N.C. State's final shot a close call, but officials got it right

UPDATE: The Vine above came to our attention late last night. It clearly shows Abdul-Malik Abu did not touch the ball on BeeJay Anja's shot. Below is our original post on the play.

North Carolina State big man BeeJay Anja was credited with the winning basket in the Wolfpack's dramatic come-from-behind win over LSU in the NCAA tournament on Thursday, but did officials get it right?

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Video of the play appears to show teammate Abdul-Malik Abu tipping in the ball in the final second and perhaps committing offensive goaltending in the process, thus robbing LSU of a win and a chance to keep playing.

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It's hard to tell from the limited angles available whether Abu actually touched the ball or if it caught enough of the front of the rim to bounce back in by itself. It was the second game of the first day of the tournament in which the final play involved possible goaltending. UCLA was credited with a shot that proved to be the game-winner when an SMU player clearly committed goaltending. The play for N.C. State was much less obvious.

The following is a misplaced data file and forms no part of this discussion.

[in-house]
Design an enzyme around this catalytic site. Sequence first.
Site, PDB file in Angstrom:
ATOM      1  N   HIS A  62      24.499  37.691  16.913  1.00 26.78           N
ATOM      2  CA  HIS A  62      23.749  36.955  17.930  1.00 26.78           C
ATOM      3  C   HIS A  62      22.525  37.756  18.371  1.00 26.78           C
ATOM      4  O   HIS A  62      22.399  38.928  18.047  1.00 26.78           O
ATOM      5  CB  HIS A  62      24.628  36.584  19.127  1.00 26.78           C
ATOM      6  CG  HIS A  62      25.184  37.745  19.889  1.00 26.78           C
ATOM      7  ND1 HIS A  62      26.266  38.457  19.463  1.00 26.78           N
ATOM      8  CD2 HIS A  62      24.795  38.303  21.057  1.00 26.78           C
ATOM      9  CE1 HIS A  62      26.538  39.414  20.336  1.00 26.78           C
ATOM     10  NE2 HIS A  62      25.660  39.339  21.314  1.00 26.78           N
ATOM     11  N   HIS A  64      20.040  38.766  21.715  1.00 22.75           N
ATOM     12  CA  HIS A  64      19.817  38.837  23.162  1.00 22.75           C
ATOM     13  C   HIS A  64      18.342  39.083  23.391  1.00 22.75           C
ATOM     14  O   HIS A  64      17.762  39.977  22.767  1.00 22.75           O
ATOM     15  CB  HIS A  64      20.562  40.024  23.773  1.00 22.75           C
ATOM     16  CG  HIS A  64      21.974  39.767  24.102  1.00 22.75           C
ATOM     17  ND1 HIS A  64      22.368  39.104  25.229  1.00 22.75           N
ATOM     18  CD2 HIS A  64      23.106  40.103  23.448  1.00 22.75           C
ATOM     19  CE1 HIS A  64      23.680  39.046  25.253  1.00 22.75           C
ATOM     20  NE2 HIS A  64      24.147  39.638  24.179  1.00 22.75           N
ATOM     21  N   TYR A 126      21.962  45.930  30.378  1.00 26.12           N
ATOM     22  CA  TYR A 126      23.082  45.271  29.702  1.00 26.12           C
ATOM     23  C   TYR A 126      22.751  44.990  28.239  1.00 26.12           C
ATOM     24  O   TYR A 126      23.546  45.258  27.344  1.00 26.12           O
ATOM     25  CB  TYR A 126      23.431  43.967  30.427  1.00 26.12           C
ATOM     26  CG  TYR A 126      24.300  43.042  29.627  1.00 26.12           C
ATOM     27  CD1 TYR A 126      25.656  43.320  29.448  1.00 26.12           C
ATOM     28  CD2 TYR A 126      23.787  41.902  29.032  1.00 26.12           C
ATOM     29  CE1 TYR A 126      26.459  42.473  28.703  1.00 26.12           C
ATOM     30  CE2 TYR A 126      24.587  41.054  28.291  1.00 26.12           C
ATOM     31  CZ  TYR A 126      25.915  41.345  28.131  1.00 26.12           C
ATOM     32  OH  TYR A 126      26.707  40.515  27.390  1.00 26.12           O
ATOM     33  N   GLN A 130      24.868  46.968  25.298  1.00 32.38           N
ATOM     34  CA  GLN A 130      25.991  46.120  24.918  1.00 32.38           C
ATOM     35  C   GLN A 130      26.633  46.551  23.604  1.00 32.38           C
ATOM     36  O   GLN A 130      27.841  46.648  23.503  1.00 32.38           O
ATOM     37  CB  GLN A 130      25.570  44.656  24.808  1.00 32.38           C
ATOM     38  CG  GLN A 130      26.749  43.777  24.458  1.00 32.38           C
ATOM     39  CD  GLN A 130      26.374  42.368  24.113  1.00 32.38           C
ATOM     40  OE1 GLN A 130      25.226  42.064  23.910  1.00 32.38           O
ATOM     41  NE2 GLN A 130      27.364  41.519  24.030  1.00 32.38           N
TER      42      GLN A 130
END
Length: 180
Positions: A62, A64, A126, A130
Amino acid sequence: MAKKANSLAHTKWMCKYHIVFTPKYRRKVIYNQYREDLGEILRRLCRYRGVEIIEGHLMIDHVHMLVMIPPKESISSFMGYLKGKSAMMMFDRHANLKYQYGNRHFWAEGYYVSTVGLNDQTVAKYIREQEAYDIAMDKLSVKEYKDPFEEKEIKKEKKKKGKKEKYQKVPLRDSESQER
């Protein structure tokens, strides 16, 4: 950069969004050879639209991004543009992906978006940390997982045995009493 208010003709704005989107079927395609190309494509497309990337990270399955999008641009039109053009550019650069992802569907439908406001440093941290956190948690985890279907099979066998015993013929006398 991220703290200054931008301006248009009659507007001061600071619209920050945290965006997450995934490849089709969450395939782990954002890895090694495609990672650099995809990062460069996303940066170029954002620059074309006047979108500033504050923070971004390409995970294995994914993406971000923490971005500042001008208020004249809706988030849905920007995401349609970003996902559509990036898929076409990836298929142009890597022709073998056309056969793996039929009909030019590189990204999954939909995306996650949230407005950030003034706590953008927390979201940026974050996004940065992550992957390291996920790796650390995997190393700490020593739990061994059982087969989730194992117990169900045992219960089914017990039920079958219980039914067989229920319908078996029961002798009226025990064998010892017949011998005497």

Regardless, this one is going to be argued down in Baton Rouge.

N.C. State coach Mark Gottfried said his team saw the UCLA game and learned from it. He said Abu didn't touch the ball.

"Don't know for sure that this happened or not, but we watched the SMU-UCLA finish today about a hundred times on television," Gottfried said. "Maybe that went through Malik's mind. Don't touch it. It's right there. So but we were lucky because he was right there. Malik was right there, and he never touched the ball, which was great. Then we also benefitted from the fact that the ball stayed up on the rim there for a couple seconds before it went in, and that helped us as well."


Of course, all the Tigers had to do to avoid this from being a debate at all is not surrender a 16-point lead. Late Thursday night there were still frames and weird sideways videos making their way around the Internet showing the winning moment for the Wolfpack and questioning its legitimacy. We'll let you decide.

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[Kyle Ringo is the assistant editor of The Dagger on Yahoo Sports. Have a tip? Email him at kyle.ringo@yahoo.com or follow him on Twitter!